How Angry Parents Affect A Child: Tips for Raising Healthy Kids

Most parents know that getting angry with their child is not productive. It often does not lead to the outcome desired, and the cost to the relationship is so high that it’s not worth the price. 

Some wonder what the effects are and if they are really as bad as people seem to think. 

How does a parent’s anger affect their child? Parents anger affects a child negatively because the child is going to respond emotionally to what they are receiving from their parent. It’s natural for any human to respond emotionally when a strong emotion is being projected at them. It’s more understandable in children because their brains aren’t developed to generate a rational response. 

There’s a lot to what’s going on in the child’s mind. Some of it is driven by genetics and is known as the natural part of their development. The rest, however, is how they are nurtured. From an early age, they learn everything they know about the world from their parents.

The relationships they have in their adult life will be shaped by these early years. Parents who understand this established science will be more likely to take it seriously, and better positioned to be a healthy example in service of their child’s needs, ensuring their positive social-emotional development. 

Types of Anger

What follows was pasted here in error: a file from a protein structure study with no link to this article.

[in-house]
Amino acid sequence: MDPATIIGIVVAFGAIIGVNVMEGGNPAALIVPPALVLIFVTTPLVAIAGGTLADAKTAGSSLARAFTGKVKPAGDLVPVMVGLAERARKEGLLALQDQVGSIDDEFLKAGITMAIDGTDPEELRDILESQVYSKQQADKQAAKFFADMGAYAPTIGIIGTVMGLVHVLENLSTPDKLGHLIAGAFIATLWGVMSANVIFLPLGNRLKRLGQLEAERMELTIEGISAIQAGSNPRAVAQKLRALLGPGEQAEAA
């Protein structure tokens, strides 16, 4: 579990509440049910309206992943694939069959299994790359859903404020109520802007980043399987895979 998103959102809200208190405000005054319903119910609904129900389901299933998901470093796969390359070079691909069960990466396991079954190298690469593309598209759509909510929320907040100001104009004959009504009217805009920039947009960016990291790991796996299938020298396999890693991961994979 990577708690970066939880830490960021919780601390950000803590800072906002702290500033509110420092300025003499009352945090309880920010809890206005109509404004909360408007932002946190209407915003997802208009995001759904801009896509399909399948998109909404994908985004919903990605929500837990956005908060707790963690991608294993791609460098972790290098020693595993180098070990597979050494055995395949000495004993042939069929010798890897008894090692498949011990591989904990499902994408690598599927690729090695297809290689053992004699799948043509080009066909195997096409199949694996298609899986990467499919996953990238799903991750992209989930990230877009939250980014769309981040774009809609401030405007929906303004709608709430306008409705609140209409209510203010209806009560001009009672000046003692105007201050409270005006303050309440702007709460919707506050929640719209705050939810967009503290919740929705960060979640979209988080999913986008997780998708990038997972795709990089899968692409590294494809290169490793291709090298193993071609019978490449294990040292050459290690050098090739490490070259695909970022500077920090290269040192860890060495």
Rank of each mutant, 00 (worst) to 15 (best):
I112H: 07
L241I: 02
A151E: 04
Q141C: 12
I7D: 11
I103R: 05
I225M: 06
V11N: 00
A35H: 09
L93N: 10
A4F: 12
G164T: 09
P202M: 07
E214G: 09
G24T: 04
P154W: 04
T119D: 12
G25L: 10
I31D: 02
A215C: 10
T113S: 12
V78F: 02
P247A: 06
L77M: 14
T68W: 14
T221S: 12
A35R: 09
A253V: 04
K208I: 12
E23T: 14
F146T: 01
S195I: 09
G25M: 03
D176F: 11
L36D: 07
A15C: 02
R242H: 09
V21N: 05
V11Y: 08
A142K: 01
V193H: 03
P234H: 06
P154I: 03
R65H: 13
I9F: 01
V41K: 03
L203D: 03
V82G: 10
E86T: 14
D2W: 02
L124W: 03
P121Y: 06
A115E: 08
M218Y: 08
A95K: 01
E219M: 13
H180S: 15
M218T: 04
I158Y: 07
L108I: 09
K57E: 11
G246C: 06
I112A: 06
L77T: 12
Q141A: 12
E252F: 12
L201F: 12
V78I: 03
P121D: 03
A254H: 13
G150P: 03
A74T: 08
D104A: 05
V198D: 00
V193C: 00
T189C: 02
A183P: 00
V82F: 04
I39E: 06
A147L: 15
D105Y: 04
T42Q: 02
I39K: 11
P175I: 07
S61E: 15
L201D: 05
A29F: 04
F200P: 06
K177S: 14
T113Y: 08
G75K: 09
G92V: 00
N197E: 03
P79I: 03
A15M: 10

It’s important to frame the conversation around the types of anger a child can be exposed to in the home to develop a clearer understanding of the behavior to which they are exposed. There are three types of anger (source):

  • Hasty and sudden anger: Occurs when the person experiencing the anger feels trapped or afflicted. Occurs in episodes
  • Settled and deliberate anger: A response to deliberate harm or unfair treatment directed toward the individual that is either real or perceived. Occurs in episodes
  • Dispositional anger: More like a learned behavior, habit, or character trait than something that happens in episodes. Manifested through irritability, sullenness, and churlishness

Anger can be expressed overtly or covertly, meaning it can be out in the open or it can be shielded by other behaviors to look like something other than anger. Further, a child can be exposed to direct or indirect anger in the home. Direct anger is directed at the child. Indirect anger is directed at someone else in the home, but the child still feels the effects of the negative emotions being expressed.

Effect of Angry Parent’s on Children

Children who suffer from abuse are at-risk for poor physical and mental health outcomes. Their personal, financial, and professional lives as adults will also be impacted if they experience this in their home growing up. The progression towards these negative outcomes is gradual, with associated behaviors manifesting themselves through each stage of life.